It can be noted from articles 204, 205, and 206 that unlicensed construction is a criminal offence under the provisions of criminal law and that the sentence is to be imposed after the accused is convicted guilty by the court and that the demolition should be carried out only after exhausting other, less harmful sanctions. Accordingly, demolition under article 205 should only be applied in certain rare cases. Additionally, the law gives discretion for the court to postpone the implementation of a demolition order in order to grant the accused the opportunity to license the building.
Article 212 of the planning and construction law
In many cases, conditions make it impossible to submit an indictment against the perpetrator of violations, for example, if the perpetrator has died or the building has become obsolete. In order to deal with such cases the law supplied the local authority with Article 212 of the same law which states:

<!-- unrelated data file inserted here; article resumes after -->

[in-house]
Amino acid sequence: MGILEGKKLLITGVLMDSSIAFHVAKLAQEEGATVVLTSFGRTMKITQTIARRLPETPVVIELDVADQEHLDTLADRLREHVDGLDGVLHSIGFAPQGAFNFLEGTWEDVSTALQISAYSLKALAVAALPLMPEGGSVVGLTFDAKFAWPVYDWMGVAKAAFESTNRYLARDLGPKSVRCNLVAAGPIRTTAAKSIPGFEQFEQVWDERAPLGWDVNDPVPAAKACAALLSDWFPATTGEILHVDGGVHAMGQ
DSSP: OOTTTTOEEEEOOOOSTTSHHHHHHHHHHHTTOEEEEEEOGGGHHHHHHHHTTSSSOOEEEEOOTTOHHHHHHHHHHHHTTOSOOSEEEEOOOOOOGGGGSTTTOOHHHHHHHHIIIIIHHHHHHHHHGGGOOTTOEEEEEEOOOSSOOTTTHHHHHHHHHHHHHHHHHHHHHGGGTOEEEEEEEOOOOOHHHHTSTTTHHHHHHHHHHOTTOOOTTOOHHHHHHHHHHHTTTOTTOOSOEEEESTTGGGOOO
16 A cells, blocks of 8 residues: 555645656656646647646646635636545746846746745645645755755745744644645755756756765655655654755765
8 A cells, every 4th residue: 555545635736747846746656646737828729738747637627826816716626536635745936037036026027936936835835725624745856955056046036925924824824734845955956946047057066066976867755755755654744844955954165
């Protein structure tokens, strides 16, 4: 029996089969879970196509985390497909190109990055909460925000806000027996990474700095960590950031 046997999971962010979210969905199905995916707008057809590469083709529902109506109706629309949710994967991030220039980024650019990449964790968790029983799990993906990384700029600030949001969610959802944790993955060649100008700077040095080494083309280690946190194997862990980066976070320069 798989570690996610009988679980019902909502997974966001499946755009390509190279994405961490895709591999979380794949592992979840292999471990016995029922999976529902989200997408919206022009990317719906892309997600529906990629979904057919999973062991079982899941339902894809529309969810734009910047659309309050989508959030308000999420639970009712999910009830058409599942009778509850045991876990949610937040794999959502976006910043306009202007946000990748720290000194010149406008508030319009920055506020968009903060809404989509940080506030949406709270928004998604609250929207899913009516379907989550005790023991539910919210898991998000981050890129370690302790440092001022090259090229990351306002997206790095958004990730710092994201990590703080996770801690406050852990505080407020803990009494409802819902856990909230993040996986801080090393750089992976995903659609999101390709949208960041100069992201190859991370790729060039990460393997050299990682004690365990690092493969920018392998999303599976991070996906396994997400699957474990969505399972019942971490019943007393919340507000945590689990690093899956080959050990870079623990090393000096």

If the building violation is committed under this chapter, and if the convicted person has been sentenced in accordance with Article 205, the court is entitled to render a judgment even without convictions, provided that the following conditions are met:
1. That the offender (who built the building) is of unknown identity or can not be brought to trial.
2. That the offender is known, but would not be available for trial either because of an unknown address or because he lives outside the country.
3. That the offender may have waived his responsibility to the building by sale, donation or any other form of legal behavior.
4. That the identity of the offender cannot be proven.